See more of Penny’s stitching, dyeing and fibre story-telling at her blog
I’ve left out the conversations about the recent local Herring Deaths, the Trump stories, the agony of aging parents, the state of the world, heating systems, fostering creativity, music concerts and lost cats.
I’ve left out the Bob Dylan, John Prine and similar soundsin the cafe.
I’ve left out the stop at the post office.
And finally, the walk home……
Upstairs at Sissiboo Coffee is the Rebekah. Open New Years Eve.
Can you spot the typo?
The final hill to climb to our place.
And then a peek into the studio at my newest creation. A need to add some colour to this beautiful, monochromatic world.
The studio beckons on a grey, snowy day.
Unfinished painting by Flora Doehler, 2016
And finally for you, dear reader, a little puzzle.
I’m not sure why, but this summer I forgot to grow my pumpkins! There are still pumpkins and squash at the local farmer’s markets so I’ll be making these delicious patties again.
In 2013, I grew beautiful winter luxury pumpkins and dumpling squash. I love the flavour of squash, but there’s only so much baked squash a person can eat. And if I turned all the pumpkins into pies…well that’s not a great health move either.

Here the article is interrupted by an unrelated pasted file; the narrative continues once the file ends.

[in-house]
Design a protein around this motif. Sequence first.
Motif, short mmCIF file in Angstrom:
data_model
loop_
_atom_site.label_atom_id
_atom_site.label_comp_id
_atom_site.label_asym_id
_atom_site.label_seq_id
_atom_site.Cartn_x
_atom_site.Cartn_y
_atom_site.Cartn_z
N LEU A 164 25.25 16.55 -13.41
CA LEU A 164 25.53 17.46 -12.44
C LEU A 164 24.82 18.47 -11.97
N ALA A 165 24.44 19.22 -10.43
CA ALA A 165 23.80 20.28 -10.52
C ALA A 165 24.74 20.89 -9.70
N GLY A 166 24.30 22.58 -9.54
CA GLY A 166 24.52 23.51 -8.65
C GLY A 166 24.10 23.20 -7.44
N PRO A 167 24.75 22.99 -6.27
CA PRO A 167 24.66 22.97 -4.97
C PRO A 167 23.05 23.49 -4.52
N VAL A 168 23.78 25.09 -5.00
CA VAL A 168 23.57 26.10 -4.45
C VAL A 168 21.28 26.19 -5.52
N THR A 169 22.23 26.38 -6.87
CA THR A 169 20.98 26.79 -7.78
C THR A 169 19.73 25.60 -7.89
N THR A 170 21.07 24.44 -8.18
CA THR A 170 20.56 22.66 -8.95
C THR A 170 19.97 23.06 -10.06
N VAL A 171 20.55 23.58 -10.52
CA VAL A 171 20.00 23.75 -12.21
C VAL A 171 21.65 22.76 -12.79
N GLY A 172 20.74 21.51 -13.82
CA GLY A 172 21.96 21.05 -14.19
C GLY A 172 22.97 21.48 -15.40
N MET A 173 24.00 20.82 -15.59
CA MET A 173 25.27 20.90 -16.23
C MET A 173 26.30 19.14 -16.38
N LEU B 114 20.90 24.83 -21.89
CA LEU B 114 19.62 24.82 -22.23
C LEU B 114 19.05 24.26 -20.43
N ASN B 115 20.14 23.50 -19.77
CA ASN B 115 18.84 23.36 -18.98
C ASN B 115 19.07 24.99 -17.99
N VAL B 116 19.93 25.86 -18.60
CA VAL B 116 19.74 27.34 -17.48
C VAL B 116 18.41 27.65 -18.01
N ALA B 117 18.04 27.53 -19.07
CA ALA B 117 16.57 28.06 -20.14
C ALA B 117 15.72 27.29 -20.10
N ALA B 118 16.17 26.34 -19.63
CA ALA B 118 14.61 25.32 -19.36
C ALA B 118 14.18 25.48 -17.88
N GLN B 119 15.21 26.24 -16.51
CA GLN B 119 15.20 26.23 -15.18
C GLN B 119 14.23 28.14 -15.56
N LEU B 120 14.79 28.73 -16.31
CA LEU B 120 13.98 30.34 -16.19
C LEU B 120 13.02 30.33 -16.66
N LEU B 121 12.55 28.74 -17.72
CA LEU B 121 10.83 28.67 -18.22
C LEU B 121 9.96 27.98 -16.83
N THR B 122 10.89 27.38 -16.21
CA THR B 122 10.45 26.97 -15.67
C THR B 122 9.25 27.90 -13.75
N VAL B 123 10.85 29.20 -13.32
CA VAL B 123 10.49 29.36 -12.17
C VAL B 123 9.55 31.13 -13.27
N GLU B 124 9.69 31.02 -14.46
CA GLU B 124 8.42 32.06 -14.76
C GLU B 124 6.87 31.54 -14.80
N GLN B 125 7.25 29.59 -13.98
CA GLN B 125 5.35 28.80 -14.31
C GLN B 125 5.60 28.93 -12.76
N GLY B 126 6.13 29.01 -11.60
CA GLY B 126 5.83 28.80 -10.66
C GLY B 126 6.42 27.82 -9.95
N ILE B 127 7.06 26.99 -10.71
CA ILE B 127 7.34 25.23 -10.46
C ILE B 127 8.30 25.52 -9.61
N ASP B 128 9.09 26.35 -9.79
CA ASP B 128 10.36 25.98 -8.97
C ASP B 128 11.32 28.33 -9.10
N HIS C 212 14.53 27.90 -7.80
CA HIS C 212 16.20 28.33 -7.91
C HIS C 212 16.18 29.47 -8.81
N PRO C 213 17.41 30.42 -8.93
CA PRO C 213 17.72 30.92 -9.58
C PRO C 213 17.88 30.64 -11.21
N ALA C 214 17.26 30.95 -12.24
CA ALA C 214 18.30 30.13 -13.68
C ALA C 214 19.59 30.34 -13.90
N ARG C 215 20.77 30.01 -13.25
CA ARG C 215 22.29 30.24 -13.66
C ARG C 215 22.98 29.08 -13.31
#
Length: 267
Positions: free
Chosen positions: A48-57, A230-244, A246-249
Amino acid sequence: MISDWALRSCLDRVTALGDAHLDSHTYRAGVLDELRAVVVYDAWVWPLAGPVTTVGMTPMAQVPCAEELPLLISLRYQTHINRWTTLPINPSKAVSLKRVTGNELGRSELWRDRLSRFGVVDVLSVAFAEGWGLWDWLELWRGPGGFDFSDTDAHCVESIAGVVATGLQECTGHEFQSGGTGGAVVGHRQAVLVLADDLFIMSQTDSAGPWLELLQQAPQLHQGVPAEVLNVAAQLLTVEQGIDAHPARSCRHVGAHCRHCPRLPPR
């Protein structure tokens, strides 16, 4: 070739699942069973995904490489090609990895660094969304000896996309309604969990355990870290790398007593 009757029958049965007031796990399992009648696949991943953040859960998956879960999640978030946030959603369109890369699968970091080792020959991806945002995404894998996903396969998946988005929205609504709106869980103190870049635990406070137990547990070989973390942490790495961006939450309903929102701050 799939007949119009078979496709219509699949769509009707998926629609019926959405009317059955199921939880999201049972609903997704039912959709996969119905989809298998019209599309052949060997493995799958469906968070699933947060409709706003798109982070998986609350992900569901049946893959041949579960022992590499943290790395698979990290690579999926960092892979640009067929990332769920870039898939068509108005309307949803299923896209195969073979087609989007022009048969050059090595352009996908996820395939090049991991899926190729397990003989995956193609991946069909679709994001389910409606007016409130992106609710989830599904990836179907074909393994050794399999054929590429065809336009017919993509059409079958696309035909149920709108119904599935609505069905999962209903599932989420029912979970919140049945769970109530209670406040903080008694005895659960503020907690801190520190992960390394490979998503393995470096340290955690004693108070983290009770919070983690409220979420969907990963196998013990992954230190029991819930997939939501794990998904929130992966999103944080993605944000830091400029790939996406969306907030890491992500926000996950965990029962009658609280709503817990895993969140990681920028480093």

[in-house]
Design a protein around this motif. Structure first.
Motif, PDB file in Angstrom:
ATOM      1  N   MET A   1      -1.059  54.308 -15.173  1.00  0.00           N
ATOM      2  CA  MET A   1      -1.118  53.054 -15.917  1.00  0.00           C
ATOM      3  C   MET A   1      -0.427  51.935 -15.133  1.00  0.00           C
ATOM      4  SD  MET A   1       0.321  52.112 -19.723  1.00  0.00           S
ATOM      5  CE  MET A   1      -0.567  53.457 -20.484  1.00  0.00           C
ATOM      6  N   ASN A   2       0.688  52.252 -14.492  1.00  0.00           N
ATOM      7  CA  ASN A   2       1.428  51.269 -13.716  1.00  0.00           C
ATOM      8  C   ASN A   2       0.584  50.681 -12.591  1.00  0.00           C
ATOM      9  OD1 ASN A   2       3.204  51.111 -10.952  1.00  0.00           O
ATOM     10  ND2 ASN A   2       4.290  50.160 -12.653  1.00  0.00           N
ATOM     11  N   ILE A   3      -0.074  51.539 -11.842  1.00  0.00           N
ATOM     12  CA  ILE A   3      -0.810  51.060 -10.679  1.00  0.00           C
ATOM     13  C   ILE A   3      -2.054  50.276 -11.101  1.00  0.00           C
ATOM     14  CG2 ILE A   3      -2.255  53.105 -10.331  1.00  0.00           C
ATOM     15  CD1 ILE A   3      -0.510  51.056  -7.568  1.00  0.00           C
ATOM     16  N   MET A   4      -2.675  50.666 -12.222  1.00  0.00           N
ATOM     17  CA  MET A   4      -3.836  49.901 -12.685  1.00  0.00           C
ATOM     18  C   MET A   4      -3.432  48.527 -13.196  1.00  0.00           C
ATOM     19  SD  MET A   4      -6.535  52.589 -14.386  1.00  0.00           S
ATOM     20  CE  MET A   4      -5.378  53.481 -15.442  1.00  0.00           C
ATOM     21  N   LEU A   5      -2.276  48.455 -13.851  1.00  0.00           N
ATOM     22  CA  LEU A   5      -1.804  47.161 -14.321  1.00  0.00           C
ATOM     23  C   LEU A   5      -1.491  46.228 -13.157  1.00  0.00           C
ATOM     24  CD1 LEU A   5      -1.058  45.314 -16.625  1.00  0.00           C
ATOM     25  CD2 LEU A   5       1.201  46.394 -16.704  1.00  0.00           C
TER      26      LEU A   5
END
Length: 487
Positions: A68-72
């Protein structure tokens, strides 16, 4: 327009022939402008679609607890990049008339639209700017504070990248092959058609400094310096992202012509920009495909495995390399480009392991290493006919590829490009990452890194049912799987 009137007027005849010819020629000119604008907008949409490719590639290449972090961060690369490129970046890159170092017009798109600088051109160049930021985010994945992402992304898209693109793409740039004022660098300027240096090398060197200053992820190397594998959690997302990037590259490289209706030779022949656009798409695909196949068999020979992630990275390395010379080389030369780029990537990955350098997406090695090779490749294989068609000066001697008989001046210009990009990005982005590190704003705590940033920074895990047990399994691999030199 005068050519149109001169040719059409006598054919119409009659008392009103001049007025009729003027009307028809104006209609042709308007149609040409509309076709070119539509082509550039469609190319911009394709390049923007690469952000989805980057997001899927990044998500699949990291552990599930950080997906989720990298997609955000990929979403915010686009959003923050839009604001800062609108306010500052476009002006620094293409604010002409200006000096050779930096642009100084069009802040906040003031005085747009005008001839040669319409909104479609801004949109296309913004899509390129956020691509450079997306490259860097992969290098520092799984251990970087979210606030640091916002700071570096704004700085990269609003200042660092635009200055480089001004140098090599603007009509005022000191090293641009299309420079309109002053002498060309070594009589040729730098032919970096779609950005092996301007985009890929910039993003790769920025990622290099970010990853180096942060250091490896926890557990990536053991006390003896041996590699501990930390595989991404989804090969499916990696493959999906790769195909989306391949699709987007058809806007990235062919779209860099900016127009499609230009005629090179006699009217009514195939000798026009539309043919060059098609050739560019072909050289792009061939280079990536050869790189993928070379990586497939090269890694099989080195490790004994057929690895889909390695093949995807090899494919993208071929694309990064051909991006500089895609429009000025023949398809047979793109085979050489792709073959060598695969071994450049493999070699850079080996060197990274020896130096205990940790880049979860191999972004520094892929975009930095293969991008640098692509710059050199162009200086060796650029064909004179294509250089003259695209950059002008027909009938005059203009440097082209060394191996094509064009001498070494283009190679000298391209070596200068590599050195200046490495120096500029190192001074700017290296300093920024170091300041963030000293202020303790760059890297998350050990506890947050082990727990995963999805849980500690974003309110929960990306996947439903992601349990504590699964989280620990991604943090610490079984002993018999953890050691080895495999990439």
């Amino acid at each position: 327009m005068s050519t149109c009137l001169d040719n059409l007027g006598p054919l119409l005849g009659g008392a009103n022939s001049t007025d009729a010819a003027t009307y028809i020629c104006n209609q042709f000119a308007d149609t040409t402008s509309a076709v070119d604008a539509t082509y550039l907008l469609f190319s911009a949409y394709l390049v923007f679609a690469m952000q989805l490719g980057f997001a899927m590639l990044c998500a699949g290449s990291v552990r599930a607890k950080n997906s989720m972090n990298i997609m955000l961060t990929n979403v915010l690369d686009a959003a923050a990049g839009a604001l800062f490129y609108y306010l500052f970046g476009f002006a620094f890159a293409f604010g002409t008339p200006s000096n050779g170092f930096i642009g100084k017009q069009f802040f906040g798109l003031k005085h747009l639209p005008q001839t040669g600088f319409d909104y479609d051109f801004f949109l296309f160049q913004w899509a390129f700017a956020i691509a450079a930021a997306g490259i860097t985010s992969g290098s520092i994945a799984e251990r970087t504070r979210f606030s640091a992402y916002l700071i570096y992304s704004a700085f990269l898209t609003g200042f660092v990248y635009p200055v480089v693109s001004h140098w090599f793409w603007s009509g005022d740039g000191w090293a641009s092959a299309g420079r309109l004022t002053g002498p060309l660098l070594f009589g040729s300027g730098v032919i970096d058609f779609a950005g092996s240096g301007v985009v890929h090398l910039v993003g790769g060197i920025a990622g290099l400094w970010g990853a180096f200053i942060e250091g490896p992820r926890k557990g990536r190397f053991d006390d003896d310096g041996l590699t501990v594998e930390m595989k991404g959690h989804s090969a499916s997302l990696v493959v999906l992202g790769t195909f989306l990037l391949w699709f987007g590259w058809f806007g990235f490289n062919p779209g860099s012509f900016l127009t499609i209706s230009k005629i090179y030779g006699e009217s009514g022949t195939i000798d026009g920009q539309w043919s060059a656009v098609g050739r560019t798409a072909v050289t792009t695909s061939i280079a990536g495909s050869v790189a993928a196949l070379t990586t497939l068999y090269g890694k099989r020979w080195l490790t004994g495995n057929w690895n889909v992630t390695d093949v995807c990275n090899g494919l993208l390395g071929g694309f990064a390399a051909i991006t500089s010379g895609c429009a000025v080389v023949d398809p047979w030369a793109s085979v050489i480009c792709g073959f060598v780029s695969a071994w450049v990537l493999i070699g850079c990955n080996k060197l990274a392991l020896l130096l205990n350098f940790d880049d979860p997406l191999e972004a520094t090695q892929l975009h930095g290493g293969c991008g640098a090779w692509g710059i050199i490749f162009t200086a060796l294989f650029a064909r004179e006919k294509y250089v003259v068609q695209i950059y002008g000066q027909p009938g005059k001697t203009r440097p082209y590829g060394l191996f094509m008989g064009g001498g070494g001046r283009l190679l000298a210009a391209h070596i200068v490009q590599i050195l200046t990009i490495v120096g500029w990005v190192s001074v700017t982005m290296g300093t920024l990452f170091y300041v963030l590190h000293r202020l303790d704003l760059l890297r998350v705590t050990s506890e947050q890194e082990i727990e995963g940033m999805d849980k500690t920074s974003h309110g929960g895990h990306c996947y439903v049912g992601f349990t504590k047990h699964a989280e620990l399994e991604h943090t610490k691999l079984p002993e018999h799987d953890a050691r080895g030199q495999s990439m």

Because they are the same family, anytime a recipe calls for squash, you can substitute pumpkin.
I made a few changes to it. I left out the flour, instead substituting it with ½ cup of corn meal and ½ cup of oat flakes. I added fresh basil leaves too.
I baked the pumpkin first and then scooped out the pulp for this recipe. I used about 2 cups of pumpkin.
Then, instead of frying it, I baked it in the oven. I put parchment paper on a cookie sheet and then spread a thin layer of olive oil on the paper. I baked it in the oven for 30 min at 350, then turned them and baked another 5 minutes.
The flavor is out of this world. It’s kind of like a potato latke. So, a dab of apple sauce or chili sauce tastes wonderful on top. Tomato sauce works too!
You can freeze these patties for those evenings when you need to throw together a meal in a hurry.
Meanwhile, here are some photos of the gorgeous hoarfrost that will soon end when the temperatures continue to drop.
This post from 2010 describes this month and the harvest so well, that I’m reposting it. That summer the harvest was amazing! this summer my yields were way down because of the drought and I couldn’t water as much as I wanted. As it is, our well is half full or empty and it has never been that low. The water table is down and this summer we received 1/3 the rain of average summers.